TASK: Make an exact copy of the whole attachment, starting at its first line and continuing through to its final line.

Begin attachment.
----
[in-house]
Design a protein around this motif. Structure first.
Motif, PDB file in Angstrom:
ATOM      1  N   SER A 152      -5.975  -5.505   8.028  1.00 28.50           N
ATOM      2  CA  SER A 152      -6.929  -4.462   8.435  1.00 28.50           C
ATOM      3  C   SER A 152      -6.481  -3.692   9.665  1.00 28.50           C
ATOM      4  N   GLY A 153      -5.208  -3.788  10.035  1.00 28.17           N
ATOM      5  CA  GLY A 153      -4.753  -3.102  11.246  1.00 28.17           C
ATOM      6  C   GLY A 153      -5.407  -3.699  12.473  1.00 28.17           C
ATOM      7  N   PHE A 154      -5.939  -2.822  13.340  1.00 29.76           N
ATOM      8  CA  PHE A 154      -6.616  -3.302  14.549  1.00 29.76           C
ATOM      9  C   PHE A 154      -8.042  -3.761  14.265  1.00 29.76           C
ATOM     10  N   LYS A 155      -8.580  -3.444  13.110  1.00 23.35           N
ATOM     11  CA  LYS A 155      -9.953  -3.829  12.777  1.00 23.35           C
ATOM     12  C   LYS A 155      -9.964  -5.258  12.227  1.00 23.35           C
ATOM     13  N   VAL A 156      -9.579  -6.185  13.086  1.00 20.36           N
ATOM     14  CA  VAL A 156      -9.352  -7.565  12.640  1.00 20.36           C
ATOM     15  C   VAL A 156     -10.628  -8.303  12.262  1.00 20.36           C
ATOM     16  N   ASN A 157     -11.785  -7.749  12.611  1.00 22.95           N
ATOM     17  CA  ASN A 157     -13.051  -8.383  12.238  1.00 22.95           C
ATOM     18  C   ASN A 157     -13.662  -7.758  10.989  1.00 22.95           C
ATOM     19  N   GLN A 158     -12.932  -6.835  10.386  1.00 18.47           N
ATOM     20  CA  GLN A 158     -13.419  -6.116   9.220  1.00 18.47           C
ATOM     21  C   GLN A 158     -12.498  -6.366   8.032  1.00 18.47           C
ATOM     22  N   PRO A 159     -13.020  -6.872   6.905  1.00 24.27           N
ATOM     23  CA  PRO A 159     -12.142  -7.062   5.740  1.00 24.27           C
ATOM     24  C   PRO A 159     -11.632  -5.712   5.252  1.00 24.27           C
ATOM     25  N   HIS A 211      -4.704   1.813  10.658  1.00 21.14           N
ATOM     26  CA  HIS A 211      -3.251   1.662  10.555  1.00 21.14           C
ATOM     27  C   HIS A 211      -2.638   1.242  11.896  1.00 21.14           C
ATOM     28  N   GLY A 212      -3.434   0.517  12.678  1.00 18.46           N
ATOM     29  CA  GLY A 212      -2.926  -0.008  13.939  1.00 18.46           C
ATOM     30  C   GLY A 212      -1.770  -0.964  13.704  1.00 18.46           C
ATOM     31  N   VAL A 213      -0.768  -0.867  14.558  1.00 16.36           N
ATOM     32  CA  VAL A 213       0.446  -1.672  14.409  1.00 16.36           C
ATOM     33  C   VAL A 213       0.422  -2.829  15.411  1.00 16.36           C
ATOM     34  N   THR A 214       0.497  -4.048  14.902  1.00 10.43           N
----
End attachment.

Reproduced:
[in-house]
Design a protein around this motif. Structure first.
Motif, PDB file in Angstrom:
ATOM      1  N   SER A 152      -5.975  -5.505   8.028  1.00 28.50           N
ATOM      2  CA  SER A 152      -6.929  -4.462   8.435  1.00 28.50           C
ATOM      3  C   SER A 152      -6.481  -3.692   9.665  1.00 28.50           C
ATOM      4  N   GLY A 153      -5.208  -3.788  10.035  1.00 28.17           N
ATOM      5  CA  GLY A 153      -4.753  -3.102  11.246  1.00 28.17           C
ATOM      6  C   GLY A 153      -5.407  -3.699  12.473  1.00 28.17           C
ATOM      7  N   PHE A 154      -5.939  -2.822  13.340  1.00 29.76           N
ATOM      8  CA  PHE A 154      -6.616  -3.302  14.549  1.00 29.76           C
ATOM      9  C   PHE A 154      -8.042  -3.761  14.265  1.00 29.76           C
ATOM     10  N   LYS A 155      -8.580  -3.444  13.110  1.00 23.35           N
ATOM     11  CA  LYS A 155      -9.953  -3.829  12.777  1.00 23.35           C
ATOM     12  C   LYS A 155      -9.964  -5.258  12.227  1.00 23.35           C
ATOM     13  N   VAL A 156      -9.579  -6.185  13.086  1.00 20.36           N
ATOM     14  CA  VAL A 156      -9.352  -7.565  12.640  1.00 20.36           C
ATOM     15  C   VAL A 156     -10.628  -8.303  12.262  1.00 20.36           C
ATOM     16  N   ASN A 157     -11.785  -7.749  12.611  1.00 22.95           N
ATOM     17  CA  ASN A 157     -13.051  -8.383  12.238  1.00 22.95           C
ATOM     18  C   ASN A 157     -13.662  -7.758  10.989  1.00 22.95           C
ATOM     19  N   GLN A 158     -12.932  -6.835  10.386  1.00 18.47           N
ATOM     20  CA  GLN A 158     -13.419  -6.116   9.220  1.00 18.47           C
ATOM     21  C   GLN A 158     -12.498  -6.366   8.032  1.00 18.47           C
ATOM     22  N   PRO A 159     -13.020  -6.872   6.905  1.00 24.27           N
ATOM     23  CA  PRO A 159     -12.142  -7.062   5.740  1.00 24.27           C
ATOM     24  C   PRO A 159     -11.632  -5.712   5.252  1.00 24.27           C
ATOM     25  N   HIS A 211      -4.704   1.813  10.658  1.00 21.14           N
ATOM     26  CA  HIS A 211      -3.251   1.662  10.555  1.00 21.14           C
ATOM     27  C   HIS A 211      -2.638   1.242  11.896  1.00 21.14           C
ATOM     28  N   GLY A 212      -3.434   0.517  12.678  1.00 18.46           N
ATOM     29  CA  GLY A 212      -2.926  -0.008  13.939  1.00 18.46           C
ATOM     30  C   GLY A 212      -1.770  -0.964  13.704  1.00 18.46           C
ATOM     31  N   VAL A 213      -0.768  -0.867  14.558  1.00 16.36           N
ATOM     32  CA  VAL A 213       0.446  -1.672  14.409  1.00 16.36           C
ATOM     33  C   VAL A 213       0.422  -2.829  15.411  1.00 16.36           C
ATOM     34  N   THR A 214       0.497  -4.048  14.902  1.00 10.43           N